News-Antique.com - Sep 12,2011 - (West Palm Beach, FL) The September edition of the West Palm Beach Antiques Festival, held over the Labor Day weekend, September 3,4, had a 25 percent increase over attendance from the September event of 2010 according to Festival owner Kay and Bill Puchstein. Early buyer registration was up 33 percent and the weather was seasonably nice with highs in upper 80's and no rain. Earlier in the week everyone was watching hurricane Irene as it was heading toward Florida before making a turn to the north. The show stayed busy and crowded all weekend.
One of the first items to leave the show early Saturday morning by way of an Early Buyer admission was a 1923 Gibson guitar in its original case priced at $2500. The name on the guitar was "The Gibson". It had the Indian rosewood finger board that has stirred controversy recently in the classic American guitar market.
Early holiday items are always a favorite at the Festival beginning in September. Monica Laethem from Boca Raton, Fl, offered a turn of the century Bellsnickles and reported selling a red and white ceramic Santa Claus, a paint decorated little sleigh and many other expensive small holiday items. One of the earliest pieces of furniture to ever come through the West Palm Beach show was a large blanket chest from the early 1700's. The heavily carved show stopper was in the booth of Gerald Snyder of Stuart Fl. Made of oak with an old, old finish it had an English provenance. Len Bartkowiak, Ft Myers, Fl offered a one of a kind Japanese carving that took your breath away. Carved out of bone and ivory, this 36 inch by 36 inch masterpiece from the 1950s had never been out of its original shipping crate.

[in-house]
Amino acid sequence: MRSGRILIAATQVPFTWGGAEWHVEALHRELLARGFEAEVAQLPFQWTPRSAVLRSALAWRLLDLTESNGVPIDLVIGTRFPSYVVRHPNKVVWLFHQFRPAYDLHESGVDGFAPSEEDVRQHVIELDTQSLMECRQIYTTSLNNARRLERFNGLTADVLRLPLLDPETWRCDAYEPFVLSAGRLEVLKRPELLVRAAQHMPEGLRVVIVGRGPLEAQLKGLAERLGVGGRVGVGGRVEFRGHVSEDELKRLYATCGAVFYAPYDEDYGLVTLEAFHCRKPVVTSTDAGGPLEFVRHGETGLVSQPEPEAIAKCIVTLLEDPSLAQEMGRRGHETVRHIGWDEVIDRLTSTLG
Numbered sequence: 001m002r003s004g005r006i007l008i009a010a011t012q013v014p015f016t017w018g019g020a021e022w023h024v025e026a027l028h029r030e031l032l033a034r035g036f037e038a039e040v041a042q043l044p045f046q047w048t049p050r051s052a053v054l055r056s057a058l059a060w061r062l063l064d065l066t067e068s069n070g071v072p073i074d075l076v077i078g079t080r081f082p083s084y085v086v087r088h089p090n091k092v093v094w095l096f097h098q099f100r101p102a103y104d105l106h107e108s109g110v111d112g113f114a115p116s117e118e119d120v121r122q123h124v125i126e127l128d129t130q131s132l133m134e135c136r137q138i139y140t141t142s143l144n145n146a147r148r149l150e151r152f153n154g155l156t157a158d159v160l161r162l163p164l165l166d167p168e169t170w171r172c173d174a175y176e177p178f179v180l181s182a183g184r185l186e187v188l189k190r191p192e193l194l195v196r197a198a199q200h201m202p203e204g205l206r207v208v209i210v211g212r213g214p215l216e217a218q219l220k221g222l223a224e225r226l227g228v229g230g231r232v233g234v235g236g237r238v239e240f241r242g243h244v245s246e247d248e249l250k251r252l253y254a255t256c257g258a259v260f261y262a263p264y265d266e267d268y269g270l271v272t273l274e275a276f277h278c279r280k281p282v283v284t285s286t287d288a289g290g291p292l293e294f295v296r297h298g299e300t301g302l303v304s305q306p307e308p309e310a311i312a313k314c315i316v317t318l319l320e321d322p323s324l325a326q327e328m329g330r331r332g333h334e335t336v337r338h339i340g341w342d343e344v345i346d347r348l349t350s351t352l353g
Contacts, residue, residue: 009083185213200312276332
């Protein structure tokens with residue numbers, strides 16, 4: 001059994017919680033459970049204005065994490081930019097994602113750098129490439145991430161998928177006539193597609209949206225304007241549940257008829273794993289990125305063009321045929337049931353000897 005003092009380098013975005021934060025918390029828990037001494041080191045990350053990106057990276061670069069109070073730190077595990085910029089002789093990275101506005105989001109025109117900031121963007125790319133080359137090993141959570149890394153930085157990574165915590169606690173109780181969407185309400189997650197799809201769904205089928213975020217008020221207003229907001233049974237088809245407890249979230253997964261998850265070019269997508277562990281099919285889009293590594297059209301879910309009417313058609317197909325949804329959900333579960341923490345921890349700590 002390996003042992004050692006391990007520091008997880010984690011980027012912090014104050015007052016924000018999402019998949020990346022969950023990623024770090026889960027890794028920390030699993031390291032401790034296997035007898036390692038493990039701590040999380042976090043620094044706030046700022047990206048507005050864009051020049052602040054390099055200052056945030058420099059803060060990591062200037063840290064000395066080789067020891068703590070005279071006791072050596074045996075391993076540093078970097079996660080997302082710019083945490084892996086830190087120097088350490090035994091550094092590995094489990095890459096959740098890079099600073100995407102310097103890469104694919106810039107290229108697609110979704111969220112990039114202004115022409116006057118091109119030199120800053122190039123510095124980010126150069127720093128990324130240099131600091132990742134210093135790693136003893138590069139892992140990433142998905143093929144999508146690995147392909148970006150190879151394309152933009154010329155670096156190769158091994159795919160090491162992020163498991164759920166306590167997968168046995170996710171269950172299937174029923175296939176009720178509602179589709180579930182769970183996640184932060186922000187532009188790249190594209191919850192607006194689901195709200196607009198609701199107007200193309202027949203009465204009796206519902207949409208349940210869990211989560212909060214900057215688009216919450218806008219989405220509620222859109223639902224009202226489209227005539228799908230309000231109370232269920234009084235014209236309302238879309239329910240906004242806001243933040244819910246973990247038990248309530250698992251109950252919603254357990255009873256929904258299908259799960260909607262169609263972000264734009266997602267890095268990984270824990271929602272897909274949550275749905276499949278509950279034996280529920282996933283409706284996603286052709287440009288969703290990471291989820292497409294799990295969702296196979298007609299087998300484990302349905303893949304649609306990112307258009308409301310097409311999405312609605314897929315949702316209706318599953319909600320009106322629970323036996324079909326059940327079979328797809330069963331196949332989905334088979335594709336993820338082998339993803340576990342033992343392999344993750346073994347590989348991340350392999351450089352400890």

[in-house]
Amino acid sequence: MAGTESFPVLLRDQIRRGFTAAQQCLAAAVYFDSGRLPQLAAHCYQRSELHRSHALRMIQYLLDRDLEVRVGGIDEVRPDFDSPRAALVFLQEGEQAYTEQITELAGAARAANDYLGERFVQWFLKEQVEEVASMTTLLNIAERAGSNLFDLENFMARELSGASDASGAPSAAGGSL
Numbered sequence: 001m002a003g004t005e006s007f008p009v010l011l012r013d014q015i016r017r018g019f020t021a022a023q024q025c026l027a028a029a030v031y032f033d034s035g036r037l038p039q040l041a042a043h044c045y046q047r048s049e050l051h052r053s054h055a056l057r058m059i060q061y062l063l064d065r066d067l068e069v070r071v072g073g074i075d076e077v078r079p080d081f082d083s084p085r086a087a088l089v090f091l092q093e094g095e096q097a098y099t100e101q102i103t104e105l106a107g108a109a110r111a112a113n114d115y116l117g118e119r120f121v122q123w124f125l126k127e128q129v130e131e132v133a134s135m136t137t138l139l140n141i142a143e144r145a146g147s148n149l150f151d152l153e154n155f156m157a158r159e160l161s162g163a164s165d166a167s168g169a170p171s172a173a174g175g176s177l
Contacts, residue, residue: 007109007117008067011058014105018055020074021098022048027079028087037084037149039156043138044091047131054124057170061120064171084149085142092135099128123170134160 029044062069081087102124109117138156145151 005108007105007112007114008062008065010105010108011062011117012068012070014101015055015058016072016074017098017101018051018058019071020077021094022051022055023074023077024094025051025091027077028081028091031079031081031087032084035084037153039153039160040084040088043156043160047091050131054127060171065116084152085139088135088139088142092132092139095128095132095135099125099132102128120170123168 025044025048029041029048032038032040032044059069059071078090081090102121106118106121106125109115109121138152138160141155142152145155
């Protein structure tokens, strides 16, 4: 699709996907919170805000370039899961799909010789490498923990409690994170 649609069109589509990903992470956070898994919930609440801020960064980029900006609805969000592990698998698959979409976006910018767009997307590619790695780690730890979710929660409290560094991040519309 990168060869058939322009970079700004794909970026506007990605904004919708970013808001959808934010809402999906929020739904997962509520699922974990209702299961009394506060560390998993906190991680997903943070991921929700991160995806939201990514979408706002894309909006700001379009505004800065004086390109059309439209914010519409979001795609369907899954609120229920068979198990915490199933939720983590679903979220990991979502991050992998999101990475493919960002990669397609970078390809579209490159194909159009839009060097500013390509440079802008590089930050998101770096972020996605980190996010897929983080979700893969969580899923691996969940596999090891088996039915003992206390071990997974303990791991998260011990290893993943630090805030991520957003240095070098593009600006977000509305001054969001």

One of the most interesting and highly specialized booths at the West Palm Beach Antiques Festival is operated by Elizabeth Bartholomew. Bartholomew, originally from Florida, had a vintage clothing business in Texas and a fine jewelry operation in the Caribbean before moving back to Florida. In her third year at the Festival she specializes in antique and vintage clothing with a tight focus on Japanese textiles.
Her favorite items are examples of the kimono, the full length robe that is the traditional Japanese garment for women and men, always wrapped with the left over the right and secured at the waist by a sash known as an obi which is tied in the back. At one time the use of the kimono was so ubiquitous that the name itself means “clothing” or “thing to wear.”
Aside from the traditional full length silk kimono, Bartholomew has fine examples of the haori, the shorter hip or thigh length robes originally worn only by men but now universally used as an overgarment and the yukata, the common cotton kimono traditionally seen as summer dress. But the top of the line is the uchikake, the formal wedding kimono which is heavily embroidered and worn outside the regular kimono as